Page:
Everybody in Britain has a role to play in improving the nation's health, a major report says.
Smoking is a major cause of ill health
Derek Wanless, a former chief executive of NatWest, says the government, businesses and individuals need "to play their part".
His long-awaited report says ministers should consider a range of options for improving people's health.
These include a tax on fatty foods, a ban on smoking in public places and subsidising gym memberships.
Mr Wanless has shied away from making any firm recommendations. However, he has urged the government to act quickly to tackle "threats to our future health such as smoking, obesity and health inequalities".
"After many years of reviews and government policy documents, with little change on the ground, the key challenge now is delivery and implementation, not further discussion," his report says.
One in five adults is obese
One in four men and one in six women drink more alcohol than they should
Most adults do not exercise often enough
Just one in four eat the recommended five portions of fruit and vegetables a day
Mr Wanless said a drive to improve public health would help turn the NHS "from a national sickness service, which treats disease, to a national health service, which focuses on preventing it".
He believes improving the health of the nation could save the NHS billions of pounds in the years ahead.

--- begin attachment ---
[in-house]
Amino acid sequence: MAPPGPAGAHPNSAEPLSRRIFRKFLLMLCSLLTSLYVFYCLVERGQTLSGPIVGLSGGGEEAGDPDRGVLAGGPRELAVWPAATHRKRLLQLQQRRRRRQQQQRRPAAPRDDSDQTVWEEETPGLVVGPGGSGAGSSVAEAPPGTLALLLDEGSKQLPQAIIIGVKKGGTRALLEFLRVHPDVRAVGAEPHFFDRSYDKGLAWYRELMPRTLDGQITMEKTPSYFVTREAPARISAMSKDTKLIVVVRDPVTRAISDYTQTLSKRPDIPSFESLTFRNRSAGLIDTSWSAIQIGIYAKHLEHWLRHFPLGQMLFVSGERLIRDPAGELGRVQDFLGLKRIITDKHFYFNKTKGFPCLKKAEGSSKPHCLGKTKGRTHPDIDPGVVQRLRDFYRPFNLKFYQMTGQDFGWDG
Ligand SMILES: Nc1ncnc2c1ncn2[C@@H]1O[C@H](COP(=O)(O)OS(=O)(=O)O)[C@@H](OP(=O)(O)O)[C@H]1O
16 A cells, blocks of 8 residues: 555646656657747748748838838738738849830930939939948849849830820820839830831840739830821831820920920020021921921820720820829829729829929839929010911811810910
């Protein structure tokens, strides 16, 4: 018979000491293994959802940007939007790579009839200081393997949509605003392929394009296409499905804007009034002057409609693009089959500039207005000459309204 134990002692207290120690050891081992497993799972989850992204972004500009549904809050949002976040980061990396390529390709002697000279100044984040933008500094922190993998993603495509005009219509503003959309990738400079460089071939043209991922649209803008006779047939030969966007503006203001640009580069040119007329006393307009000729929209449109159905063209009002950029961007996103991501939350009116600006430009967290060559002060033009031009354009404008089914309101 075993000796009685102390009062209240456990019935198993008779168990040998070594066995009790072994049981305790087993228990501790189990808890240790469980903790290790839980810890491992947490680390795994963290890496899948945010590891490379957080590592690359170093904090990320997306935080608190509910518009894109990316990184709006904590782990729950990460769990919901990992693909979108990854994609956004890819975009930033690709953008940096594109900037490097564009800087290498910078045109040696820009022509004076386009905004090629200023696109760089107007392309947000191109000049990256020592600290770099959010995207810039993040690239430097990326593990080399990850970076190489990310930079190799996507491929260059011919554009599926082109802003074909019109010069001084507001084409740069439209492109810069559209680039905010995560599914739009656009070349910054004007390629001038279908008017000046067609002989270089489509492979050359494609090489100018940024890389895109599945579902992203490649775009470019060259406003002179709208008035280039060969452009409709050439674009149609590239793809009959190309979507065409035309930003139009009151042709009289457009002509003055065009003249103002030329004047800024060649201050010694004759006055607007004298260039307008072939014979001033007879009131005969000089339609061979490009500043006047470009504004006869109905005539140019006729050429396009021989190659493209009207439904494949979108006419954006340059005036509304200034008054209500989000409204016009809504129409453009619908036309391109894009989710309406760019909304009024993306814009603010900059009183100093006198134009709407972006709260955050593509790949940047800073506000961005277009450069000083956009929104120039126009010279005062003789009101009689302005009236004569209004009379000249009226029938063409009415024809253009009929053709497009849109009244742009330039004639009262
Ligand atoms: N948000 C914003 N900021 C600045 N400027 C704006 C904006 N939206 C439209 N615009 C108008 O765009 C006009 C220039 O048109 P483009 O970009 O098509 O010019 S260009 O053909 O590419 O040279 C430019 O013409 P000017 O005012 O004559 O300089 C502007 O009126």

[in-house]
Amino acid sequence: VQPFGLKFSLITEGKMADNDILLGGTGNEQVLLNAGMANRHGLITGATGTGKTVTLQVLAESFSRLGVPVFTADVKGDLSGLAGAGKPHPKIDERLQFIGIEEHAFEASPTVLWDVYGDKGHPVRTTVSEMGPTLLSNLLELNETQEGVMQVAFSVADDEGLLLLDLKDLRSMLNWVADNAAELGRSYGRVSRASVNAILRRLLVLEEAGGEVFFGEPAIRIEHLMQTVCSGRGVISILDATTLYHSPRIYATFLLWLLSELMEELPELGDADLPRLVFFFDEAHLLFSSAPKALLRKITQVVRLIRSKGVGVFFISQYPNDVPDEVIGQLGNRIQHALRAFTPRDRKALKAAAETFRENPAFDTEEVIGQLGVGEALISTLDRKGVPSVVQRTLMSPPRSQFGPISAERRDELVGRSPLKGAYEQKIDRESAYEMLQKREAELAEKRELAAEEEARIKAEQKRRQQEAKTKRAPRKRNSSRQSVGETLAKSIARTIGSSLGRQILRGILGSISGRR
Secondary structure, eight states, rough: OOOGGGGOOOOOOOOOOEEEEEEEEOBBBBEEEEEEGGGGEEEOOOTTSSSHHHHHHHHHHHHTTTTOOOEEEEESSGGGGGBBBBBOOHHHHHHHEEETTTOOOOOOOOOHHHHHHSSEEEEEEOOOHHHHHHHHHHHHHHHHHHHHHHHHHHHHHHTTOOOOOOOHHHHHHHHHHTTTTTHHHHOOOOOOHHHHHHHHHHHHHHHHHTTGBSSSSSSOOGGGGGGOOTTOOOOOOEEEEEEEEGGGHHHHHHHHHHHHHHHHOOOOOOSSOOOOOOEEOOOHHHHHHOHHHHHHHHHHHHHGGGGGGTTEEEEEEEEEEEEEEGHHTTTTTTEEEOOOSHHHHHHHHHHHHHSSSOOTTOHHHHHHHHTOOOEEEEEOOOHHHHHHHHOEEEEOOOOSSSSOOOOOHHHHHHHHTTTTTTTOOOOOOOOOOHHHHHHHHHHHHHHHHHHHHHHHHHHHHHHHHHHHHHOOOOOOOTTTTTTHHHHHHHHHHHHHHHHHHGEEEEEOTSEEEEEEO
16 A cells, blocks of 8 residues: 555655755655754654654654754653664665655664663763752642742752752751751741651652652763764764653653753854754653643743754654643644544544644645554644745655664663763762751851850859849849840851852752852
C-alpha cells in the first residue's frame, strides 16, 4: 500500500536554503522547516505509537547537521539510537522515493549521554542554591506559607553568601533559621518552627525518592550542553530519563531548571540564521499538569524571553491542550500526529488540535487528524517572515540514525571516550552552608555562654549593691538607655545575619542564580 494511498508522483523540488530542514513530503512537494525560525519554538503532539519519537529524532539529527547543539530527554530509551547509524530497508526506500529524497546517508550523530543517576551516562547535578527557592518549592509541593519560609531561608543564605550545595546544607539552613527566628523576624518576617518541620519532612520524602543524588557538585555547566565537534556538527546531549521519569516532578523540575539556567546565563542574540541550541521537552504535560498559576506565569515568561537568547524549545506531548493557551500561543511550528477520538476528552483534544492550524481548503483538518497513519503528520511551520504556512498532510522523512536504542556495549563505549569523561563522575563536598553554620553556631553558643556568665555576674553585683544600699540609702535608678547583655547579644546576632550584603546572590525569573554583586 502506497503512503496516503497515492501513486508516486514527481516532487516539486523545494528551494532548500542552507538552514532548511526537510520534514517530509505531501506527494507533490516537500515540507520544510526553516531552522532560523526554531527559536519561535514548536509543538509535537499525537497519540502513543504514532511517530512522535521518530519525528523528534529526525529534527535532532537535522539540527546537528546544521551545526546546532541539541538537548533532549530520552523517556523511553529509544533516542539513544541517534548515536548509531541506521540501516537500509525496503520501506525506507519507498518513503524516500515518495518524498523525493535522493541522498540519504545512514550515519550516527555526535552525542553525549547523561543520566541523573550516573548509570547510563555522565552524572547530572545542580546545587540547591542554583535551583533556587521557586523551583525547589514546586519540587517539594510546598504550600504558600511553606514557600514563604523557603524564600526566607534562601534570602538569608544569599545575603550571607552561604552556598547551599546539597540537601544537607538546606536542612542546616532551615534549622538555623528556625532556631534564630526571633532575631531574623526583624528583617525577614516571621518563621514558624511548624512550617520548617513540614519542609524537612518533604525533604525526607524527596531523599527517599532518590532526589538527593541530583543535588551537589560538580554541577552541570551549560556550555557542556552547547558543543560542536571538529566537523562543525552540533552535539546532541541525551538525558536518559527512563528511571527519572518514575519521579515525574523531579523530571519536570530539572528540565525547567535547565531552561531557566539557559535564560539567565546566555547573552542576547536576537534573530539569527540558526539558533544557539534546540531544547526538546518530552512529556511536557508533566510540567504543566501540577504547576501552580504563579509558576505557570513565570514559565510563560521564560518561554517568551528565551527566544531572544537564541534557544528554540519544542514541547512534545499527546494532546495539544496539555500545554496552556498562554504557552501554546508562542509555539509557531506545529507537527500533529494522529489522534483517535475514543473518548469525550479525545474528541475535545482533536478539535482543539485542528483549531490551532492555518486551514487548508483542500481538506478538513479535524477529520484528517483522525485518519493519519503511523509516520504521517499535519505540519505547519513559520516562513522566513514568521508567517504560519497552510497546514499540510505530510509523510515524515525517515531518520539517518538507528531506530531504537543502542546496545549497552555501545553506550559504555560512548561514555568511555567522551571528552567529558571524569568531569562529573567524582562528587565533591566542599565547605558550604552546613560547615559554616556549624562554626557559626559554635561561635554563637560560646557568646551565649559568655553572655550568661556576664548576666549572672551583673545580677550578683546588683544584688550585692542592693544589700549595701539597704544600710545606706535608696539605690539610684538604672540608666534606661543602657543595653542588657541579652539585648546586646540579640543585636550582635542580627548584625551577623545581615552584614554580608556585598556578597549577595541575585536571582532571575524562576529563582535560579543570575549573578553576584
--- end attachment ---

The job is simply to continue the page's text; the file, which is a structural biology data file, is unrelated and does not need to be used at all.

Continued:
The 221-page report called Securing good health for the whole population, which was commissioned by Chancellor Gordon Brown, outlines a range of options available to the government.
It calls for clear targets for tackling the causes of ill-health, such as smoking and obesity.
It urges ministers to consider introducing a tax on fatty foods to deter people from eating them.
"Although the impact on any individual of a 'fat tax' is likely to be modest, over time and across the whole population, the health gains may be significant," it says.
The options open to ministers
A tax on fatty foods
A public smoking ban
Subsidising gym memberships
Higher taxes on cigarettes
Encourage industry to reduce salt levels in food
It suggests ministers should look again at the issue of smoking in public places. The government has so far refused to follow the example of Ireland, which is introducing a ban.
"Studies estimate that a workplace smoking ban in England might reduce smoking prevalence by around 4 percentage points - equivalent to a reduction from the present 27% prevalence rate to 23%," it says.
But the report also emphasises that individuals must take responsibility for improving their own health by exercising more, for instance.
This is the second major report Mr Wanless has produced for the government.
His first report looked at the cost of running the NHS. He concluded that a massive injection of cash is needed over the next 20 years to meet patient demand.
His findings prompted the government to increase national insurance rates and spend billions more on the NHS.
Health Secretary John Reid said: "I will publish a White Paper on the way forward later this year. Derek's report is an important contribution to that debate."
Chancellor Gordon Brown said: "Everyone has a role to play in the improvement of our public health - employers, the public services, communities and individuals as well as the government - and we must all now consider the recommendations he makes."
Shadow Health Secretary Tim Yeo said: "Last summer, the Conservative Party called for a more joined-up approach to tackle the country's public health problems. We hope that this will now happen."
Liberal Democrat health spokesman Paul Burstow said: "It is now up to the government to deliver."
Dr Vivienne Nathanson of the British Medical Association said: "It is now time for the government to stop talking and start tackling the issues."